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May 27, 2010. Like a good Cheapo, you’re planning to avoid currency exchange counters and head for the ATM upon arrival in Europe. But if you’re American, we have a couple of questions for you.
How much does your American bank charge to withdraw money from a foreign ATM? Do they take a percentage? What’s the foreign transaction fee applied by your credit card? How about your other credit card?
I know, just about anything would be more fun than an hour spent on the phone with your bank and credit card companies before leaving on a trip. But ignorance is not bliss, dear readers! Before heading to Europe there are a number of questions about foreign transaction charges and ATM fees that American travelers should absolutely ask their banking institutions.
This information is quite dynamic, as US banks have recently been changing their fee structures in an attempt to recover lost profits following a couple of rocky years. Thus, even if you called before your last trip, call again. Things may have changed.
Ready to call? Here’s our “cheat sheet” for what to discuss with your bank:
Tell your bank about your trip.
First, the basics: Call your bank and credit card companies to tell them that you’ll be traveling abroad. This is important for them to know, as foreign charges and ATM withdrawals may signal an internal “red-flag” and could result in your account being frozen. That’s really not something you want to deal with from, say, the cobblestone streets of Florence.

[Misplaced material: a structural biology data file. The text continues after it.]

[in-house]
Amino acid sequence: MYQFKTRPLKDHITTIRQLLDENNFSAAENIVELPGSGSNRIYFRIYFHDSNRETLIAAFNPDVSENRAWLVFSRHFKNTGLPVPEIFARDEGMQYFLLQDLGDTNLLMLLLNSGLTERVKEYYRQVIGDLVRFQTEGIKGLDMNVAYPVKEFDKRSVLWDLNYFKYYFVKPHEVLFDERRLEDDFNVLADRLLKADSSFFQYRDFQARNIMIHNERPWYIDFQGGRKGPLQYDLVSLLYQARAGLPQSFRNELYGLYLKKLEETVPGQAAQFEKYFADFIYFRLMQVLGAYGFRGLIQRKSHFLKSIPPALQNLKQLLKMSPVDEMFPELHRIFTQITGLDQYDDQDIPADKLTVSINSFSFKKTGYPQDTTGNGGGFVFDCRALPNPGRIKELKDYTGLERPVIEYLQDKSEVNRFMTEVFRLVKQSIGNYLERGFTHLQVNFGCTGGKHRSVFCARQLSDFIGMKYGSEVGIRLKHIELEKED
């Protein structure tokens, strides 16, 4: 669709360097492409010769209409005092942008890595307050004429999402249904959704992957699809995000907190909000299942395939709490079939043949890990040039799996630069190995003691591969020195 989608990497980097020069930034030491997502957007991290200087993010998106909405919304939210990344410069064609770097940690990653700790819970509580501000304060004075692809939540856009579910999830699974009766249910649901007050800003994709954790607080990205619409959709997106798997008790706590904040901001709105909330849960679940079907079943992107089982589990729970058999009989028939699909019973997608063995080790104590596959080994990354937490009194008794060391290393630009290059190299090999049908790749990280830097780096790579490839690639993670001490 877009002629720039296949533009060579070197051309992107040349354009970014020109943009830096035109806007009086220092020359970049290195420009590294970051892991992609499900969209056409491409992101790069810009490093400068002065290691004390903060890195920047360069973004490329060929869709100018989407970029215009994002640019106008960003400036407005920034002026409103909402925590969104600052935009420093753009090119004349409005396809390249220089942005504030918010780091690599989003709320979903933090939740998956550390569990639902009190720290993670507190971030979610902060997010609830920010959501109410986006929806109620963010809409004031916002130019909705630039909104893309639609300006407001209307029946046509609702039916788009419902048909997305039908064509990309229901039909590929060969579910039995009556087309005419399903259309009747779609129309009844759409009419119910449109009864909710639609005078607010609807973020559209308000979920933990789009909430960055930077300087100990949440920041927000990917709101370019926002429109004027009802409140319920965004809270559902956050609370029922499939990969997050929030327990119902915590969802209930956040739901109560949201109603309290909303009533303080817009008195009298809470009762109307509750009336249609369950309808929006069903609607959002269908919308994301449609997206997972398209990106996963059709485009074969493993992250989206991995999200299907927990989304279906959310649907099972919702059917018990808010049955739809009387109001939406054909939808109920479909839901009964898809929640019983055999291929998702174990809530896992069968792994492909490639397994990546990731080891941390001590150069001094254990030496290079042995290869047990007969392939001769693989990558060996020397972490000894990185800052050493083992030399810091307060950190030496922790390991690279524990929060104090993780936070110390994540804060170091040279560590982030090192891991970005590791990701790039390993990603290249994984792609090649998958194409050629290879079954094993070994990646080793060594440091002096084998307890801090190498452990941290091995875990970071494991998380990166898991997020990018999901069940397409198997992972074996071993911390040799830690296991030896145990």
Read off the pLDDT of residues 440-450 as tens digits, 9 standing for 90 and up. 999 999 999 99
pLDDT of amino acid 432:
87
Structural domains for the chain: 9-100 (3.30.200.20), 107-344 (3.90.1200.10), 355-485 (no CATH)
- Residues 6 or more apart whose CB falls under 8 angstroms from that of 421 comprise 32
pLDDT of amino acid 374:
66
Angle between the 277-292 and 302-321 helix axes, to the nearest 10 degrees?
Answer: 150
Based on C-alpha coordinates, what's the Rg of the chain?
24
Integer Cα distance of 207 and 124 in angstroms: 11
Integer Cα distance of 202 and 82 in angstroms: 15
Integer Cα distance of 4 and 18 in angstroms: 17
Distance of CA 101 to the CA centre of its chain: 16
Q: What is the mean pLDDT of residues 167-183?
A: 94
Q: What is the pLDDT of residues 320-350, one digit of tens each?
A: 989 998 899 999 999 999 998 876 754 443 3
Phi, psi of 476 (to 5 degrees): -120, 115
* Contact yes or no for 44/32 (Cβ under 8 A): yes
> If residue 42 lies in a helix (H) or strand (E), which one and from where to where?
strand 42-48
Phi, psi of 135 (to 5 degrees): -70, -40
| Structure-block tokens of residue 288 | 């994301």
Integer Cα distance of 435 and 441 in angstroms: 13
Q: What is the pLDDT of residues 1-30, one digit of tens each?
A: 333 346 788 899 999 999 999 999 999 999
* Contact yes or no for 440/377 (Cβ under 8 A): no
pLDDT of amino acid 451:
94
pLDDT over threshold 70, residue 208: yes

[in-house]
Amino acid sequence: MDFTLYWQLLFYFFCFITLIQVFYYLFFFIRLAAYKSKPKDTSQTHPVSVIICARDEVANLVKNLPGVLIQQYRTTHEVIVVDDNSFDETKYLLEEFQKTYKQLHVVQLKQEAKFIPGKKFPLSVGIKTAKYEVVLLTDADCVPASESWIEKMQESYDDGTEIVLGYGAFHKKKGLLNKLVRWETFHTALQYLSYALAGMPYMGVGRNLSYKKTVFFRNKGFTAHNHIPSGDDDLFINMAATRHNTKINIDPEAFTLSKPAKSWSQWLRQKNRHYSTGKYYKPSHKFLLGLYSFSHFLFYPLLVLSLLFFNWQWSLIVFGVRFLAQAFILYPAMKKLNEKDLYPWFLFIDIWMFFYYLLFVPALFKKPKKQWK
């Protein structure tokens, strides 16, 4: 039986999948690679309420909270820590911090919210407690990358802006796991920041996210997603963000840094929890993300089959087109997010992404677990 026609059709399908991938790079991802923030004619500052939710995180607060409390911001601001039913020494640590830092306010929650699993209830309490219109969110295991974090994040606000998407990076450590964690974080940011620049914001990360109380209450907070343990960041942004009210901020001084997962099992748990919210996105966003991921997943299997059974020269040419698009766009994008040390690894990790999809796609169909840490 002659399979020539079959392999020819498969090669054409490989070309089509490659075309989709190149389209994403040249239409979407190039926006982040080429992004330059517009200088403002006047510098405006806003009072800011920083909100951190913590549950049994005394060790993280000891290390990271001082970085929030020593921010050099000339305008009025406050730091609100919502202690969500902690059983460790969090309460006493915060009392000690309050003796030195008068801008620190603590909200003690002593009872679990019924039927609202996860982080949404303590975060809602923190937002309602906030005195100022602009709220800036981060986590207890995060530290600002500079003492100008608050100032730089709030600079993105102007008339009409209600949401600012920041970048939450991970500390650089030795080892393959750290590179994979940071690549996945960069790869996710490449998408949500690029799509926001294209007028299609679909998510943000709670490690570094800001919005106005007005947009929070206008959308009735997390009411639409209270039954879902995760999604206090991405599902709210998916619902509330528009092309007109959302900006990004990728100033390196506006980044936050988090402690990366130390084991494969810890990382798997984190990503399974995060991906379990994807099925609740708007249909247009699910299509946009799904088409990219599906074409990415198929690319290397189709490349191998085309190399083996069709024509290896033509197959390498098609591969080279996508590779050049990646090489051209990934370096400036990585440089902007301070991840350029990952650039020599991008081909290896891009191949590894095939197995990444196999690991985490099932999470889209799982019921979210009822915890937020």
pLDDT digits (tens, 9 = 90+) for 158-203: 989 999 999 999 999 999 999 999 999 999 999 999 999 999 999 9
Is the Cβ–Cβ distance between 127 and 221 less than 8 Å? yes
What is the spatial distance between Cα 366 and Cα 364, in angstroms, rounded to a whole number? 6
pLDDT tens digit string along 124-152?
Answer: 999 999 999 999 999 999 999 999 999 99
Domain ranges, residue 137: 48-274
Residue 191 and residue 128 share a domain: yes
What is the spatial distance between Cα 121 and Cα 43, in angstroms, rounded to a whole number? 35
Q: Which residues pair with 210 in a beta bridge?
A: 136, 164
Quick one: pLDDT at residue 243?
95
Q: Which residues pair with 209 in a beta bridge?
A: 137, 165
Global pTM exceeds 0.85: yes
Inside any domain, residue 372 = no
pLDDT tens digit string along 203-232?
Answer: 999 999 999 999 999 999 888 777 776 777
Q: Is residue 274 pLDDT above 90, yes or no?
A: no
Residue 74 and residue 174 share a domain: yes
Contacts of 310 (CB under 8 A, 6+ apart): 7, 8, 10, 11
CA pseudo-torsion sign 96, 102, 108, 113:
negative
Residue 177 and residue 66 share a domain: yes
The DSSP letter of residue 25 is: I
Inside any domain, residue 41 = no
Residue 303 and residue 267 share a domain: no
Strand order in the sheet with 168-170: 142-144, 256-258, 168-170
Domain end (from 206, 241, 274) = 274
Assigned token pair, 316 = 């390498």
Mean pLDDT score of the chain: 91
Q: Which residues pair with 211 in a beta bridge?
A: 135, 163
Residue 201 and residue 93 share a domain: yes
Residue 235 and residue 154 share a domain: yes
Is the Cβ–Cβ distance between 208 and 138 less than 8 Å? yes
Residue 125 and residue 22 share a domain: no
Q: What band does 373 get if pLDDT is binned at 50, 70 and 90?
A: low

Your bank will probably ask for the duration of the trip and may ask which countries you’ll be visiting. It’s a good idea to ask them for a phone number to call from abroad, should any banking concerns arise (many cards have this information printed on their back).
That’s the easy part. Now let’s get into the fees.
Q: Does your bank charge a foreign ATM withdrawal fee? Do they charge a percentage of the withdrawal? Both?
This will vary widely among banks, however many charge between $1.50-$5 per withdrawal AND add a foreign transaction fee of 1-3%. However, some banks will only charge a flat fee and others may only charge a percentage. To illustrate how widely these charges differ between banks, we hunted down the ATM withdrawal charges yesterday at some of the country’s most popular banks. Here’s what we found:
Bank of America: $5 fee per ATM withdrawal plus 1% currency conversion fee (or no ATM fee plus 1% for withdrawals from Global ATM Alliance). Read more on Bank of America’s Web site.
Citibank: 3% currency conversion fee per withdrawal. For more information, see Citibank’s Web site.
Chase: $3 ATM charge plus 3% currency conversion fee per withdrawal (or no ATM charge plus 3% fee for premium accounts). For basic account charges, read the small print on Chase’s Web site.
HSBC: $1.50 ATM charge per withdrawal. No currency conversion fee (and no fees at all for premium accounts). For more information, try to digest this PDF from HSBC’s Web site — or call and speak to a representative.